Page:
If he can withstand legal challenges, George W. Bush will have won, despite a highly criticized record on clean air, plus a pledge to allow drilling in the Alaskan wilderness. In a presidential debate, with questions from actual voters, not one asked about these issues. Both Bush and Al Gore stuck closer to the center, away from strong advocacy. Oregon and Washington may have hinged on environmental voters, like those Gore addressed late in October. Yet neither state affected the electoral total.

New York voters rejected a bond issue, leaving backers concerned how plans for mass transit can survive. Measures to oppose urban sprawl also failed in Arizona, Colorado, Washington, and Missouri. Even Ralph Nader dismissed the Kyoto protocol as a meaningless compromise, far too "watered down" to serve as a campaign issue. In any case, his Greens fell short of the 5 percent needed to obtain federal matching funds in future campaigns.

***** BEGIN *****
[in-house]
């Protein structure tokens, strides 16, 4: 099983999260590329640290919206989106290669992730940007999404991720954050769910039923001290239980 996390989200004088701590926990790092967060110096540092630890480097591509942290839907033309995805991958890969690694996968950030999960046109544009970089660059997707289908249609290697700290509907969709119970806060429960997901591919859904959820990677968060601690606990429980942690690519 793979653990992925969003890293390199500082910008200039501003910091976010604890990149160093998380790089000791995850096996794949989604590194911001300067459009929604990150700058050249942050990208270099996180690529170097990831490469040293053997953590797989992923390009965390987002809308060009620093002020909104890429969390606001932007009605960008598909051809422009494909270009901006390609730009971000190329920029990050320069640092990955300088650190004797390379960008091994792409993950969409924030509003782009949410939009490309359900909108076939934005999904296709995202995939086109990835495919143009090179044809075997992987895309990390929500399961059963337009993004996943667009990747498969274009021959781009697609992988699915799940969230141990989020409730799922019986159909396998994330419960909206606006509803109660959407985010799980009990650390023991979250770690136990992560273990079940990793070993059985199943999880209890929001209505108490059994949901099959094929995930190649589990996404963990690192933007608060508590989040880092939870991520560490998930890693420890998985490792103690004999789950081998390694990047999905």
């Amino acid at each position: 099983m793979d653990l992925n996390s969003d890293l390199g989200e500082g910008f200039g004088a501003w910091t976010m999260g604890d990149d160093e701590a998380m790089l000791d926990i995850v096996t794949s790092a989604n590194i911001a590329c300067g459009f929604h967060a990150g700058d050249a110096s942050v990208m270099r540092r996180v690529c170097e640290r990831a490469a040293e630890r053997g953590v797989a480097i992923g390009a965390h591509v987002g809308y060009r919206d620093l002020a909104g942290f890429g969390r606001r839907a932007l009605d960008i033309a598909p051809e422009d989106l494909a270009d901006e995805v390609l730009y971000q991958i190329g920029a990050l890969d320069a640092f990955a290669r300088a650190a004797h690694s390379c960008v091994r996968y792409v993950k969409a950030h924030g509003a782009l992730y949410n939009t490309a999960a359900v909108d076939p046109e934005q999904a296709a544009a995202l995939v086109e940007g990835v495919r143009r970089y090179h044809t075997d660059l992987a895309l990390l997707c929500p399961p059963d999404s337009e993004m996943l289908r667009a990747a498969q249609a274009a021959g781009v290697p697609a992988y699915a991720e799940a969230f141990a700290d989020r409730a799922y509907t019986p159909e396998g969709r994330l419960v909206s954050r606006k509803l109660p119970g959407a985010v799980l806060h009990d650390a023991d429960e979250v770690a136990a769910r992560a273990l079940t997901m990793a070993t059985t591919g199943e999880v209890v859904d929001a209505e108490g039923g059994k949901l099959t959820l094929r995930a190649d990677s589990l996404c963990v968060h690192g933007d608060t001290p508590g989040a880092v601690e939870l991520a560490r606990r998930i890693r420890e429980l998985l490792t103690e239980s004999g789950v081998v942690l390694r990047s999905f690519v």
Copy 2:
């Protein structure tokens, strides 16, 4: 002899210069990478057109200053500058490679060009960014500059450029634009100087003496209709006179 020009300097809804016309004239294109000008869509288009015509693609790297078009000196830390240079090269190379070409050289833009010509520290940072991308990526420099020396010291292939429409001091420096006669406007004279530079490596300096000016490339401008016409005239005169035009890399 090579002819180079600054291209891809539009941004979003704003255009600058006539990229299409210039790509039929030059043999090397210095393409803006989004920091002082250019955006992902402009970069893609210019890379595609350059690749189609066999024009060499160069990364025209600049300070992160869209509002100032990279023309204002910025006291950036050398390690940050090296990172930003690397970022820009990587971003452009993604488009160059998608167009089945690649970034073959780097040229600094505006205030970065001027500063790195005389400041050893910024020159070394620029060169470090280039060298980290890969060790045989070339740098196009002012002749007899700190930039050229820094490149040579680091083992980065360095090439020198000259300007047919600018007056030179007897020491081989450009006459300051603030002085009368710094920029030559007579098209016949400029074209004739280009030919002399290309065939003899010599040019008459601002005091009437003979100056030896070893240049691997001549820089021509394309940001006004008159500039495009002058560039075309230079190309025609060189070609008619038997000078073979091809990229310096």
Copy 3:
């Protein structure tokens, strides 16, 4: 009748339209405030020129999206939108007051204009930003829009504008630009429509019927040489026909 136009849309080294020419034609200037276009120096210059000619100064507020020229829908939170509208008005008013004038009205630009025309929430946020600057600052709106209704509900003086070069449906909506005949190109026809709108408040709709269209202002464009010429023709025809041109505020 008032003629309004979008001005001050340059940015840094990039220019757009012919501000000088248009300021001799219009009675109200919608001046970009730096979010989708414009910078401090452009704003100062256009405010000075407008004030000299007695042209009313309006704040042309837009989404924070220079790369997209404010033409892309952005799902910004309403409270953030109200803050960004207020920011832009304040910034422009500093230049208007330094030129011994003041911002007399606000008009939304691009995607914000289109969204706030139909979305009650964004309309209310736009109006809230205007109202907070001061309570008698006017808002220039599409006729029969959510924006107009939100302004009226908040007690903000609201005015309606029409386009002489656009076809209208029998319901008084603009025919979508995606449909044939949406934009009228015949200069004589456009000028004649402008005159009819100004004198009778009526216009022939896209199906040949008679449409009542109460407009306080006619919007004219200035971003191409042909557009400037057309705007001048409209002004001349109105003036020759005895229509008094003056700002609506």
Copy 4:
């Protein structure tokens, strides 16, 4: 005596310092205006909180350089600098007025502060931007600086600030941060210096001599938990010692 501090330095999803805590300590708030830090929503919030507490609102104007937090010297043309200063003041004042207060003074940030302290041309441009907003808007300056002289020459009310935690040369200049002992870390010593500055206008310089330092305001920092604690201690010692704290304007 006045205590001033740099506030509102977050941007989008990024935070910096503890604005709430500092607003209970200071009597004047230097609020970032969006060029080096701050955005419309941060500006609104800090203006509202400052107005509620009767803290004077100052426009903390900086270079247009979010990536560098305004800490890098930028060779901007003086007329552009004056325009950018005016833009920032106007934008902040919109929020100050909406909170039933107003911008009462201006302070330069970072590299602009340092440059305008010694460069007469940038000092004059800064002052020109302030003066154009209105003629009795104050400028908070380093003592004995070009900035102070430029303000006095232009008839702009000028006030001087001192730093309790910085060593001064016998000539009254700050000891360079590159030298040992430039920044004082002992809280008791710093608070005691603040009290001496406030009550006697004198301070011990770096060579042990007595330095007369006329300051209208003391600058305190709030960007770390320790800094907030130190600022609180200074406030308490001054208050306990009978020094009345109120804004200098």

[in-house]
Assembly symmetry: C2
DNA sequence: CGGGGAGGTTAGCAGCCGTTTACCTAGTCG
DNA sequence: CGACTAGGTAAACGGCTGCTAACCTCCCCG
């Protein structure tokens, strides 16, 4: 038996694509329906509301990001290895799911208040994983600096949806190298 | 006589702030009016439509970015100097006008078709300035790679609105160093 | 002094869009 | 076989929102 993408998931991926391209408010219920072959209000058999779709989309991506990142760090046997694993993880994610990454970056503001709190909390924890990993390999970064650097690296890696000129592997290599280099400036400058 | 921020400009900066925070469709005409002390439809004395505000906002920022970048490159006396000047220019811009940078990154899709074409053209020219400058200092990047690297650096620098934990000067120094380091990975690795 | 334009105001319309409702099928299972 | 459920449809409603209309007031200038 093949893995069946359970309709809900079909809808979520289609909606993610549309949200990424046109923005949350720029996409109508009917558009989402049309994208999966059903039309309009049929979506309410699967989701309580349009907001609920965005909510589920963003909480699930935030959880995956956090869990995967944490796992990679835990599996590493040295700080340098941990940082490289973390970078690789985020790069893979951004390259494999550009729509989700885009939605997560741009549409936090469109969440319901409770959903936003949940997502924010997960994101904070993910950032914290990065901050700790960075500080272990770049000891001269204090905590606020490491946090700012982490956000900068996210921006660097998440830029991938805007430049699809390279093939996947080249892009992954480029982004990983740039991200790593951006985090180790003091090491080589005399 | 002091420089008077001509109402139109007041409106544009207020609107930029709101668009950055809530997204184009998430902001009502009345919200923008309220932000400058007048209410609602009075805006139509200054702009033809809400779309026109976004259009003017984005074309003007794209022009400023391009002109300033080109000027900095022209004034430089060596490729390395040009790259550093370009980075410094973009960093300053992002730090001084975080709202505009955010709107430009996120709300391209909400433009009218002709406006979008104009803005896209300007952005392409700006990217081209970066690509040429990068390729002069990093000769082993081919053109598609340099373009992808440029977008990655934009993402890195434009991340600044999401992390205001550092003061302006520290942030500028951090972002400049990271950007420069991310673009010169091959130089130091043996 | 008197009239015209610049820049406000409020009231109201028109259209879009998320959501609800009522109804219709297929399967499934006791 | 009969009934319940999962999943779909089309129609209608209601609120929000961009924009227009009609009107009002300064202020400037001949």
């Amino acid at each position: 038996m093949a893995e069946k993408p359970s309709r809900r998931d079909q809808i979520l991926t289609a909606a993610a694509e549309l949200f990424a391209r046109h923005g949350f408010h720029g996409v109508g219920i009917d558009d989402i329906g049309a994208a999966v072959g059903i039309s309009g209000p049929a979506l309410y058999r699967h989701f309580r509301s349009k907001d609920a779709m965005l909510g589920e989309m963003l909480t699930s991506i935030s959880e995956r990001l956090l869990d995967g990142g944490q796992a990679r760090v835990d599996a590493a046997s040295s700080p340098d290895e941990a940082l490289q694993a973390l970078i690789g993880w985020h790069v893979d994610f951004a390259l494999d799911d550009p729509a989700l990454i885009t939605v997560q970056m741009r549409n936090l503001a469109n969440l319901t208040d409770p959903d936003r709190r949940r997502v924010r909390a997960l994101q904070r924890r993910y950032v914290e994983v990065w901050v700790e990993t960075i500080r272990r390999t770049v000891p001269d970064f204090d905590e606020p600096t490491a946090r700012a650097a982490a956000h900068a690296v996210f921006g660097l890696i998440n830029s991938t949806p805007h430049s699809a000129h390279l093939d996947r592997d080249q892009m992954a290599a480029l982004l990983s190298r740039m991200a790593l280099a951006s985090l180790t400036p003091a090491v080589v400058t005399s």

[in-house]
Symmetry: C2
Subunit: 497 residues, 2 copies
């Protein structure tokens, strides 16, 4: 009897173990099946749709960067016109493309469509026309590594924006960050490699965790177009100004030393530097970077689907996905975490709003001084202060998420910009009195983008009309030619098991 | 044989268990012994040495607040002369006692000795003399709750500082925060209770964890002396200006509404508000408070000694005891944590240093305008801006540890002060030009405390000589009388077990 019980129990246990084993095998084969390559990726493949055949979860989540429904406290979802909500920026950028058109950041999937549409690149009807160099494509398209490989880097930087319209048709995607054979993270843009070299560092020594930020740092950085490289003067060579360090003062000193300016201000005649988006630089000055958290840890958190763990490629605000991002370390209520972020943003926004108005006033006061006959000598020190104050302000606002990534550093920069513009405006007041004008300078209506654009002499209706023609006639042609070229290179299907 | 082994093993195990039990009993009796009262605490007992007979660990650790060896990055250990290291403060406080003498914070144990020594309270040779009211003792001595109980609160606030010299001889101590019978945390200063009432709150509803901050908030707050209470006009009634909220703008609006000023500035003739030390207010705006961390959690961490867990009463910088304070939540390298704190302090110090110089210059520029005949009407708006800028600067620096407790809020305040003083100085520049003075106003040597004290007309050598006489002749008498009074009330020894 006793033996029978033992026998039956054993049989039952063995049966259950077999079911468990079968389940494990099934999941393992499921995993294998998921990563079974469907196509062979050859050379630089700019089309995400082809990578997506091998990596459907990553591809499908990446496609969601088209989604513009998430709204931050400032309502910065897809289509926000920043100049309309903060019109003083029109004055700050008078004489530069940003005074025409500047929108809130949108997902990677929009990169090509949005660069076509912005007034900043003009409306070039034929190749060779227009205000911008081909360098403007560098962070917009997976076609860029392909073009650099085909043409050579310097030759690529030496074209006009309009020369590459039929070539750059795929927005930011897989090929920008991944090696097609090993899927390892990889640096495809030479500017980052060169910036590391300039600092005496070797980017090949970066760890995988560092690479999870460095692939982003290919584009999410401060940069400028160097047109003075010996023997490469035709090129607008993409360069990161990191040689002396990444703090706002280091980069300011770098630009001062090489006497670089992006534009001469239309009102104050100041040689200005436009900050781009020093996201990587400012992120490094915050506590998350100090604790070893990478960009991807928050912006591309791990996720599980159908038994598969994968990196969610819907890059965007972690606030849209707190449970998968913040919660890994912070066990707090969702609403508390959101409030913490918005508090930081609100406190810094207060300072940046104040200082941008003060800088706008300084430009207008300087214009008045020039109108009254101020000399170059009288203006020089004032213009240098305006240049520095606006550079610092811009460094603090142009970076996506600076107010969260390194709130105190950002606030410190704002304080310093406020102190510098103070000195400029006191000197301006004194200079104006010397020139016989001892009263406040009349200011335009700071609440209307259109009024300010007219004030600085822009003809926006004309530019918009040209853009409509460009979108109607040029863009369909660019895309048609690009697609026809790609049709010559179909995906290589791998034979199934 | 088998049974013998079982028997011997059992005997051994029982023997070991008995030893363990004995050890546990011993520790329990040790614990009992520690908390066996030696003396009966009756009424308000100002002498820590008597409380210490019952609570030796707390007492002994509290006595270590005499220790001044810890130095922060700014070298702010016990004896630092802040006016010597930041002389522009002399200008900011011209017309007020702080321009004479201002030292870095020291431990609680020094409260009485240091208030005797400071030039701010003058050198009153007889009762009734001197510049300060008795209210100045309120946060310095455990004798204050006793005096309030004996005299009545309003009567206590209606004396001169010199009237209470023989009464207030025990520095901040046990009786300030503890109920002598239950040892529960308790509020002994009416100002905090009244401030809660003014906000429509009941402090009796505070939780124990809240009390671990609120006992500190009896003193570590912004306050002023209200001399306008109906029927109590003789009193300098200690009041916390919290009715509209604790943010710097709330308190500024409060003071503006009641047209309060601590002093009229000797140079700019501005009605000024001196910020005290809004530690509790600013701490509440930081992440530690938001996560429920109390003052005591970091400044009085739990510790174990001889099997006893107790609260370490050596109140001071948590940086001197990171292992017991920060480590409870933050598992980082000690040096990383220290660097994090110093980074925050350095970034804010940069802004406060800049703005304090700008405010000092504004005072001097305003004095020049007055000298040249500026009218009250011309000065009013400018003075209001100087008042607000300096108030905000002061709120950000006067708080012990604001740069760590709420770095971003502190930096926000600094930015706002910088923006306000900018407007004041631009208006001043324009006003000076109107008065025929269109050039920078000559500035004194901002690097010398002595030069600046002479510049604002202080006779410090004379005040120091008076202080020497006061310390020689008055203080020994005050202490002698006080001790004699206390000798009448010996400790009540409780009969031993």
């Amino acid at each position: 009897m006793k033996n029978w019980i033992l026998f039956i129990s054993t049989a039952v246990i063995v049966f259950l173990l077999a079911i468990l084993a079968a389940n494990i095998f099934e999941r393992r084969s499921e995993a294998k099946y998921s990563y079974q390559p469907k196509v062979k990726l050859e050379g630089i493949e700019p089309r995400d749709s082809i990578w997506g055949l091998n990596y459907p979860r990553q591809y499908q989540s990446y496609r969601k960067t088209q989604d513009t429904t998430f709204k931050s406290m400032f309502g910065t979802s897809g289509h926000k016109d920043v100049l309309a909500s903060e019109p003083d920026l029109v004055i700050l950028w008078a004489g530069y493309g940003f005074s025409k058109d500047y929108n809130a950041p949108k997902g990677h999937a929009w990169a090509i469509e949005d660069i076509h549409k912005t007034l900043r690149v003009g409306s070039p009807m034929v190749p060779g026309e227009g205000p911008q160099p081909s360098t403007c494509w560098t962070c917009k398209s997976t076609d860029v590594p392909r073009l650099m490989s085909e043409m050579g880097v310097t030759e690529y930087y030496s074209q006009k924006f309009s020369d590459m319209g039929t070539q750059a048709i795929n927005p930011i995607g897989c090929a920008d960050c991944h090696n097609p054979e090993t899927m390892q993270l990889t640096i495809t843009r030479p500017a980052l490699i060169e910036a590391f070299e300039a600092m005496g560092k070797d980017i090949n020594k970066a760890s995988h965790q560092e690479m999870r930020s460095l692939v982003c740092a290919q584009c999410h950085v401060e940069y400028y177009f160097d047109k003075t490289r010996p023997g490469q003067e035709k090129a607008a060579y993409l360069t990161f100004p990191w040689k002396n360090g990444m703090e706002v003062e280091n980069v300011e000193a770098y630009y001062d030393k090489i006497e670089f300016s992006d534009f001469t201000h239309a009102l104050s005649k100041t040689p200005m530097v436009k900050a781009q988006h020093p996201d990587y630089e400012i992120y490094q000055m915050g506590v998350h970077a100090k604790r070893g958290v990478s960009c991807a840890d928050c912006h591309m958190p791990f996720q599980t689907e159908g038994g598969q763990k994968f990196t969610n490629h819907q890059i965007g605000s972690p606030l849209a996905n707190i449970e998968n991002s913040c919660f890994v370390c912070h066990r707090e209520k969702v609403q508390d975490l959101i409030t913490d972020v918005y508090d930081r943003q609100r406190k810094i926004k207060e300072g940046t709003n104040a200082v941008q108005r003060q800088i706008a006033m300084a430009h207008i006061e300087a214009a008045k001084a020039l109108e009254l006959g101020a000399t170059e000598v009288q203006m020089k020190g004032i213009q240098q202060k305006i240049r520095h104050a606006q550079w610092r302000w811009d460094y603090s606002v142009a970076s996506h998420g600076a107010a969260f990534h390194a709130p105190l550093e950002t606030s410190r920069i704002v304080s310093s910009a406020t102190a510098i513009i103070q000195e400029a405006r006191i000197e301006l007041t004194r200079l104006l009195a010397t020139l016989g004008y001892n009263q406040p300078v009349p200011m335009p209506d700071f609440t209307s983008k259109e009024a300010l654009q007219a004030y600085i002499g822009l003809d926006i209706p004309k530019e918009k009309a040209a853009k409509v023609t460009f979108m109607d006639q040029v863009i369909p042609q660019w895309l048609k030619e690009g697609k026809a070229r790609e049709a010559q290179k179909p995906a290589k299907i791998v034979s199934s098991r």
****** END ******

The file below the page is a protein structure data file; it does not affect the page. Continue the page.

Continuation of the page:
What difference, then, did the environment make? Even more important, what difference will the election make to the environment? As The Times wrote in another editorial, "Whichever side one favors, the Texas governor and the vice president offer as stark a choice on the environment as was ever put on view in a presidential contest." Start with a look at, at least initially, the seeming winner.

The Republicans

George W. Bush positioned himself as a "compassionate conservative," but will that compassion extend to the Earth? If indeed elected, will the Texas governor aim for balance, or is he consistently anti-environmentalist, speaking for a party that has long ignored the planet?